Provost Cheng pointed out UW-Milwaukee’s current proactive strategies to alleviate salary issues. These include a retention fund, an opportunity fund to support the hire of star faculty from underrepresented groups, and a reallocation from base budgets to cover the costs of counteroffers.
Tisa Mason, Dean of Student Life, UW-Whitewater, remarked that UW-Whitewater lost a director of a center that serves students with disabilities to a more competitive offer at a Wisconsin technical college. It took three searches to replace the position, and now the campus must invest additional time in training the new employee.
Padmanabham Sudevan, Chair, Department of Psychology, UW-Stevens Point, reported that he has lost four or five faculty in recent years to offers at other universities that included lesser teaching loads and increased salaries. Applications for positions have dropped, and some candidates have declined interviews after learning about the campus’ relatively low salaries.
Mark Evenson, President of The Association of University of Wisconsin Professionals (TAUWP), remarked that UW System’s faculty and academic staff compensation is gloomy. The category of peer institutions is increasingly outdated since UW faculty and academic staff are part of national labor markets. He stated that salaries could be improved if UW faculty and staff had collective bargaining rights. The UW System loses faculty members to many universities and technical colleges that enjoy the benefits of collective bargaining.
Gloria Toivola, past President of TAUWP agreed, adding that so-called star funds, which increase pay to high achieving faculty members, make it less possible to increase compensation for all employees.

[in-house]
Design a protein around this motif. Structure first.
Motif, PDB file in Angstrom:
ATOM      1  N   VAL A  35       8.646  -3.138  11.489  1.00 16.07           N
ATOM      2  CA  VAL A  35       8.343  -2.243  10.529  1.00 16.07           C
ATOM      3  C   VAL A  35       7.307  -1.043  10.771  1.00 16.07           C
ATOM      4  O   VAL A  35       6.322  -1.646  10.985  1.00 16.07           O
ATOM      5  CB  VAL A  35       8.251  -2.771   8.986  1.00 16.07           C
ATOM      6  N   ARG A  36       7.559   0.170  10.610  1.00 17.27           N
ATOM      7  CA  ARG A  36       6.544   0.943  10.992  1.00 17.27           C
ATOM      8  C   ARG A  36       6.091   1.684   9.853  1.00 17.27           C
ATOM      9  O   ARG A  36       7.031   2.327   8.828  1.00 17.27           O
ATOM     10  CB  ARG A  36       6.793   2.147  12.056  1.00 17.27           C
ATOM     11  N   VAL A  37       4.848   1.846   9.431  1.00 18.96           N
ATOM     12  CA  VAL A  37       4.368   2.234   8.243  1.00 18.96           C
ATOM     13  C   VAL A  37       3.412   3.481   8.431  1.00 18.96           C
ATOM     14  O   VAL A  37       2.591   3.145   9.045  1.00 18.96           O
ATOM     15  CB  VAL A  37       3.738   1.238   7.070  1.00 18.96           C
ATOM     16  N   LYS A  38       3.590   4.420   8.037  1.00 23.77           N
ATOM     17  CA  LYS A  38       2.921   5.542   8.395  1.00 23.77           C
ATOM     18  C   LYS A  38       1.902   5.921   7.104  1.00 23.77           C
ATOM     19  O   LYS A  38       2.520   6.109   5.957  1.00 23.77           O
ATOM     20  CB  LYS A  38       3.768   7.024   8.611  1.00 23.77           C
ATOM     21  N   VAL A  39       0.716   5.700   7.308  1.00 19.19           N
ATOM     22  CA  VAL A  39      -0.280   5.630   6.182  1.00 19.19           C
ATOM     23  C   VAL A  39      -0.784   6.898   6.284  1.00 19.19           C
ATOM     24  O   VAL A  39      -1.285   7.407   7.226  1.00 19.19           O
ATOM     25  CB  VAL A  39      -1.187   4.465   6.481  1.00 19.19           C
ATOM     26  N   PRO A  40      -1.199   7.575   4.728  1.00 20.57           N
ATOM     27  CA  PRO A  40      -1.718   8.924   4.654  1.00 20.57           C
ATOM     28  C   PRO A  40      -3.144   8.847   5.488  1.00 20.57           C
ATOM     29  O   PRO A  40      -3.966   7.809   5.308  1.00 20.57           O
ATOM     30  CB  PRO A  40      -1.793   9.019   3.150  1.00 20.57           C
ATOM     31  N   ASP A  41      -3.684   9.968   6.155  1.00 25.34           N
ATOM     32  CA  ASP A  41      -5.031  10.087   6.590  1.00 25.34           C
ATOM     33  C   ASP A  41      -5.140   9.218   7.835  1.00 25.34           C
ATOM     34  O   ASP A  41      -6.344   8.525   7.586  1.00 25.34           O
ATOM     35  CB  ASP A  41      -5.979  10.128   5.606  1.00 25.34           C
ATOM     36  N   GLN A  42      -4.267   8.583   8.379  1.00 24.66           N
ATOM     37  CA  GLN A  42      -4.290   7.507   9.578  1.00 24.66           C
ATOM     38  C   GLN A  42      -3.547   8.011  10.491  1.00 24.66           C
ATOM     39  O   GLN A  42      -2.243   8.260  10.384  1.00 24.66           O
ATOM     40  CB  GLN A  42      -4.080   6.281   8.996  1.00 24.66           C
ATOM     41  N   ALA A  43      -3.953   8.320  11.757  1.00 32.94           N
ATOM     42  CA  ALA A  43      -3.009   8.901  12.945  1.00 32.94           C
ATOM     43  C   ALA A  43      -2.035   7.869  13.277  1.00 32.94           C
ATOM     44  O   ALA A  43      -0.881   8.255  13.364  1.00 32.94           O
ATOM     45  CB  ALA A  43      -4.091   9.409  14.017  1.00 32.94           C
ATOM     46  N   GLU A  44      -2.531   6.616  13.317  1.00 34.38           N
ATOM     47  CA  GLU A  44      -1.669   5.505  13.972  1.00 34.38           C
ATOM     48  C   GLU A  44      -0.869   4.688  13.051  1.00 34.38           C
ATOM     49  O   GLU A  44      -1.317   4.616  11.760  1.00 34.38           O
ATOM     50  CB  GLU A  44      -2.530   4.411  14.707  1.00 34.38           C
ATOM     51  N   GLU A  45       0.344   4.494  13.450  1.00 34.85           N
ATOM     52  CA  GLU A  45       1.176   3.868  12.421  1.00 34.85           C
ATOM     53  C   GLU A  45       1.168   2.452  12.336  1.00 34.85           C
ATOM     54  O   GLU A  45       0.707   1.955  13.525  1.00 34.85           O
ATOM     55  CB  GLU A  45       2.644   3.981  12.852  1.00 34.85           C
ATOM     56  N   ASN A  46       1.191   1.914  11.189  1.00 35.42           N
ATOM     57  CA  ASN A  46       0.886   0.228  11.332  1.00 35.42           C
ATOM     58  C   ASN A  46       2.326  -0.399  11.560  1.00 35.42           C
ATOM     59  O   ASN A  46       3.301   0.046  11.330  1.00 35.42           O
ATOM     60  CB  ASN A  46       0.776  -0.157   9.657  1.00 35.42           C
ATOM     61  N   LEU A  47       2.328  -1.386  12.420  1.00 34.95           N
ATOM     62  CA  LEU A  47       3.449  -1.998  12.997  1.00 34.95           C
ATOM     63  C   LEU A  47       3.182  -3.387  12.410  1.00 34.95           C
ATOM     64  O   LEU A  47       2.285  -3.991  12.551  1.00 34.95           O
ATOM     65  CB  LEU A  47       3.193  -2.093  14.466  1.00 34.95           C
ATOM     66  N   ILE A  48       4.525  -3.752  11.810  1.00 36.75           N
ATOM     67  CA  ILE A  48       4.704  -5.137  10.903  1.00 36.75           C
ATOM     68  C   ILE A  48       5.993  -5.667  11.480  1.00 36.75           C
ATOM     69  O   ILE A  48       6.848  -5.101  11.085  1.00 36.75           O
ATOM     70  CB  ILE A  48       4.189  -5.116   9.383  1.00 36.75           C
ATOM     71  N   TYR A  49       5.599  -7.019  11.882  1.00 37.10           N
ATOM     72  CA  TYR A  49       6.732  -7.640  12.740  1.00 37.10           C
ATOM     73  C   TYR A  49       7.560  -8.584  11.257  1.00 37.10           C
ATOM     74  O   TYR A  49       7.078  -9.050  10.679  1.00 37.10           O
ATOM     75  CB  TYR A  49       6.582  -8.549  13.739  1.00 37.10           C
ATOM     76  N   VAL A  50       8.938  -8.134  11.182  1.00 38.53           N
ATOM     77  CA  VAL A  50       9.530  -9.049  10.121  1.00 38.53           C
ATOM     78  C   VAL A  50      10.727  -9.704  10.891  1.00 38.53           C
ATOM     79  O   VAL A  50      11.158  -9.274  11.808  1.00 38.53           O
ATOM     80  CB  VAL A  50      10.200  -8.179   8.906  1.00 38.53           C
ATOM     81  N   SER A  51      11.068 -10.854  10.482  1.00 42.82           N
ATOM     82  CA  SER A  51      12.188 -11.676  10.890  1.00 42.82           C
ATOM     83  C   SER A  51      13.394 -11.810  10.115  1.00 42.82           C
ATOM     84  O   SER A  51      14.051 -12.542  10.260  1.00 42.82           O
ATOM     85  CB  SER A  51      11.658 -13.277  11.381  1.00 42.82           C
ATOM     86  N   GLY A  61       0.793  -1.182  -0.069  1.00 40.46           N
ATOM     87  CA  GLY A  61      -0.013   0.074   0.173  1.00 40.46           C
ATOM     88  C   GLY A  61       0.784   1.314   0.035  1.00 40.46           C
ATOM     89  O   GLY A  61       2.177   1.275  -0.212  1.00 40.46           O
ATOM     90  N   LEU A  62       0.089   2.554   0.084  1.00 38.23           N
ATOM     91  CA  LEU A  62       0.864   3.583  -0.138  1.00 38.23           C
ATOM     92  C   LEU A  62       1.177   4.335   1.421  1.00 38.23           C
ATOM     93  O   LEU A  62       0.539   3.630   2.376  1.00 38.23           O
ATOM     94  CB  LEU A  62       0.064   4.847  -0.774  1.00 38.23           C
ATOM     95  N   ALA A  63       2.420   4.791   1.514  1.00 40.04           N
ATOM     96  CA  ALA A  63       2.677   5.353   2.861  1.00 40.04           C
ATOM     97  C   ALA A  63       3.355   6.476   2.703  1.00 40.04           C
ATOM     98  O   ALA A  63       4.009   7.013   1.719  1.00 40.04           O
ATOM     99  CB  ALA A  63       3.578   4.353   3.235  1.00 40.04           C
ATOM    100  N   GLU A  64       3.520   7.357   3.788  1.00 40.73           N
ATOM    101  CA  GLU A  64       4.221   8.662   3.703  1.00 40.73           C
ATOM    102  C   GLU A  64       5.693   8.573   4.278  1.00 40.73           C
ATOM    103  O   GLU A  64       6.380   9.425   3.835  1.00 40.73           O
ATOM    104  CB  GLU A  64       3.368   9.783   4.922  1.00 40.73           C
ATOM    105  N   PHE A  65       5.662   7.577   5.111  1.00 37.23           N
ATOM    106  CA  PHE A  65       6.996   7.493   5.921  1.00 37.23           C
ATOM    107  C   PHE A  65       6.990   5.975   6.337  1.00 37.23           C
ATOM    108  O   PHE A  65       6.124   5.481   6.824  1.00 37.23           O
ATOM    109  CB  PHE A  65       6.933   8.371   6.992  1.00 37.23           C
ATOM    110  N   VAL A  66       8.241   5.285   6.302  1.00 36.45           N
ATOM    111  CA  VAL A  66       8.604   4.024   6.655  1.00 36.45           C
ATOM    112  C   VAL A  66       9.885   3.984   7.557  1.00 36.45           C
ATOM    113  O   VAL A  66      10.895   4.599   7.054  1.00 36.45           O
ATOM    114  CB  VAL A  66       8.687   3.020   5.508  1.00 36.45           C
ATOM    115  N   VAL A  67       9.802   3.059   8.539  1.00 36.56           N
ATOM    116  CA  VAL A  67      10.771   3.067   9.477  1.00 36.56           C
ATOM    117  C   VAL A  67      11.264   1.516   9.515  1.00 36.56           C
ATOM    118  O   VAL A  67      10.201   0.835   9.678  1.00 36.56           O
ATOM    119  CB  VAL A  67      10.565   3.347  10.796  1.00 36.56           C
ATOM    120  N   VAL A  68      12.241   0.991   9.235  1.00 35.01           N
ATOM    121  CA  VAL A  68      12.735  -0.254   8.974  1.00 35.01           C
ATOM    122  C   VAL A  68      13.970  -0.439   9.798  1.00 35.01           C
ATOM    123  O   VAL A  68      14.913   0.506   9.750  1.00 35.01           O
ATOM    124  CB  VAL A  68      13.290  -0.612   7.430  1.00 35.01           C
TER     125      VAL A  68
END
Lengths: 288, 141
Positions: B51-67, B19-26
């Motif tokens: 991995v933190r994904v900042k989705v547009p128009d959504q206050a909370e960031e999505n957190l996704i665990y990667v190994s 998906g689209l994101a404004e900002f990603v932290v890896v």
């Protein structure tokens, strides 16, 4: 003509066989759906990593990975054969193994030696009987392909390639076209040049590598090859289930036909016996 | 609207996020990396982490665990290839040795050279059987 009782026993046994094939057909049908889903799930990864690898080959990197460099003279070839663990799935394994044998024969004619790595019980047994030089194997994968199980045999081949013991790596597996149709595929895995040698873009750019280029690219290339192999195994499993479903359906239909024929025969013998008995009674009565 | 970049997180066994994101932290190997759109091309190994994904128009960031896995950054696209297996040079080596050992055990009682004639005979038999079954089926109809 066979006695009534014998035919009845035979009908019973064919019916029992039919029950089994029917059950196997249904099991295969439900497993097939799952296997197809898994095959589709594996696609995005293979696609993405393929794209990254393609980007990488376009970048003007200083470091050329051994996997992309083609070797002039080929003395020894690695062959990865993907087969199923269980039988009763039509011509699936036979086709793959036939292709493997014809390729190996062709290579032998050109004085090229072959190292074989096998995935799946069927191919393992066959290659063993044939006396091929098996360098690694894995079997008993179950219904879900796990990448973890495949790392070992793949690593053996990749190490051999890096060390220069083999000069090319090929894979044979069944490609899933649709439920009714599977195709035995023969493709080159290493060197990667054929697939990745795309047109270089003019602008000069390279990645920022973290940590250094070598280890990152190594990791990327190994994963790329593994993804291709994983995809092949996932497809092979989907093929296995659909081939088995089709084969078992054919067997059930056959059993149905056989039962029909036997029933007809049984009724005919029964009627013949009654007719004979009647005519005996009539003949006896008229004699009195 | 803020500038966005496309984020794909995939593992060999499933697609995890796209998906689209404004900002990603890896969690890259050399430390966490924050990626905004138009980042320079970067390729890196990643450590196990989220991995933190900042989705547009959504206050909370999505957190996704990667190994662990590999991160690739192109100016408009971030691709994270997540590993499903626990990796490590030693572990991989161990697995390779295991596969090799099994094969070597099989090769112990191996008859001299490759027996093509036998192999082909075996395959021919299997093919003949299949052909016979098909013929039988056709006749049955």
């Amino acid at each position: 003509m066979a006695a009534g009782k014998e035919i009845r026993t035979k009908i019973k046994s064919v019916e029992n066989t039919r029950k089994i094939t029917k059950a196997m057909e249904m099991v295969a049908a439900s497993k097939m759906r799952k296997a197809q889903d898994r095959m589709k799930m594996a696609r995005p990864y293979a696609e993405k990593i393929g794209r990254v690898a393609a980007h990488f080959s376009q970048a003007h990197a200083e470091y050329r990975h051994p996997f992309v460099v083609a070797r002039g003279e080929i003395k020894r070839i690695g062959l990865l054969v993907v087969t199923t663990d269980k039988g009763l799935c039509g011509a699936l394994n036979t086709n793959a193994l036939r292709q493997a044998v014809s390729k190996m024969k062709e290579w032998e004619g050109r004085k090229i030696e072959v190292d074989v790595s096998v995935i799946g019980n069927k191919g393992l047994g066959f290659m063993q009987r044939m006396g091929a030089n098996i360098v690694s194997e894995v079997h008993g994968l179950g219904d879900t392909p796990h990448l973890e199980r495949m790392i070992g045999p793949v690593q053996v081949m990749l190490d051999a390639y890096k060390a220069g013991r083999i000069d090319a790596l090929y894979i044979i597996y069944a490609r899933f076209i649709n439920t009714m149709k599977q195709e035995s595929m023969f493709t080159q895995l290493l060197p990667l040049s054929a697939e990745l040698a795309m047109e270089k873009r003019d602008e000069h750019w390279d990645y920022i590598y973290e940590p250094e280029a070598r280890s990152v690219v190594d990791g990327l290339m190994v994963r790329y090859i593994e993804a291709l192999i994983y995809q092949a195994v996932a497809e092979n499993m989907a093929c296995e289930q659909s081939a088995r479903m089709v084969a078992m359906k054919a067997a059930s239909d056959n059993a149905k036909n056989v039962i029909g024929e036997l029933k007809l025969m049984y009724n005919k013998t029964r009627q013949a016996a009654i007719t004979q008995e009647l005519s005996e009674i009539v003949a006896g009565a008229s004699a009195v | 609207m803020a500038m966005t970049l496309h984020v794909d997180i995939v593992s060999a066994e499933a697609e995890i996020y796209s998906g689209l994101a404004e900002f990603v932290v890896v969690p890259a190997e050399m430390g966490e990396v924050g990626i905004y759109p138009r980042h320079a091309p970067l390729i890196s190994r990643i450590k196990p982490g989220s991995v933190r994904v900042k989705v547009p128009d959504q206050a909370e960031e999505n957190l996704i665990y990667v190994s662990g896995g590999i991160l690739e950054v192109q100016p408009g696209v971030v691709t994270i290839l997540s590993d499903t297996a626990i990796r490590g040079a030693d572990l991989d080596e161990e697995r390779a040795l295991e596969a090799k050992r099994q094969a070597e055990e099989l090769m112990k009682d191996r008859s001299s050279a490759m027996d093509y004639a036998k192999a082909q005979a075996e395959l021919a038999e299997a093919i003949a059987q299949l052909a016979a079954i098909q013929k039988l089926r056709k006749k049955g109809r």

Regent Connolly-Keesler asked about the overall process of the compensation plan. Freda Harris, Associate Vice President for Budget and Planning, stated that the Board will consider a pay plan recommendation for faculty and staff at its December meeting. When approved, the Board’s recommendation will be forwarded to the Office on State Employment Relations, and later considered by the Legislature’s Joint Committee on Employee Relations.
(2) Consideration of Salary Adjustments for Chancellors at UW-Platteville, UW-Stout, and UW-Superior and for a Provost at UW-Platteville
Regent Pruitt stated that the Business, Finance, and Audit Committee recommended at their February 2006 meeting that the President of the UW System periodically conduct a review and assessment of individual chancellor’s salaries. This review should take into consideration whether there is a need for an adjustment in salary due to competitive market factors and equity reasons.
President Reilly told the Committee that he has heard from business and community leaders in the Platteville, Menomonie, and Superior communities who cite their strong support for their respective senior academic leaders. These and other community members who have participated in searches for chancellors have encouraged the university to offer compensation to ensure that these leaders remain a part of their campus communities.
President Reilly commented that competitive salaries are a goal for all Wisconsin workers. The “Growth Agenda for Wisconsin” would help leverage the university resources to raise per capita income across the state. He stated that leadership matters and UW System leaders need to be competitively compensated. The UW System cannot afford to be a training ground for academic leaders. Since becoming President of the UW System, he has filled five chancellor positions. That kind of churning in leadership comes at a high price. In the end, keeping our quality academic leaders makes for stability and continuity on the campuses.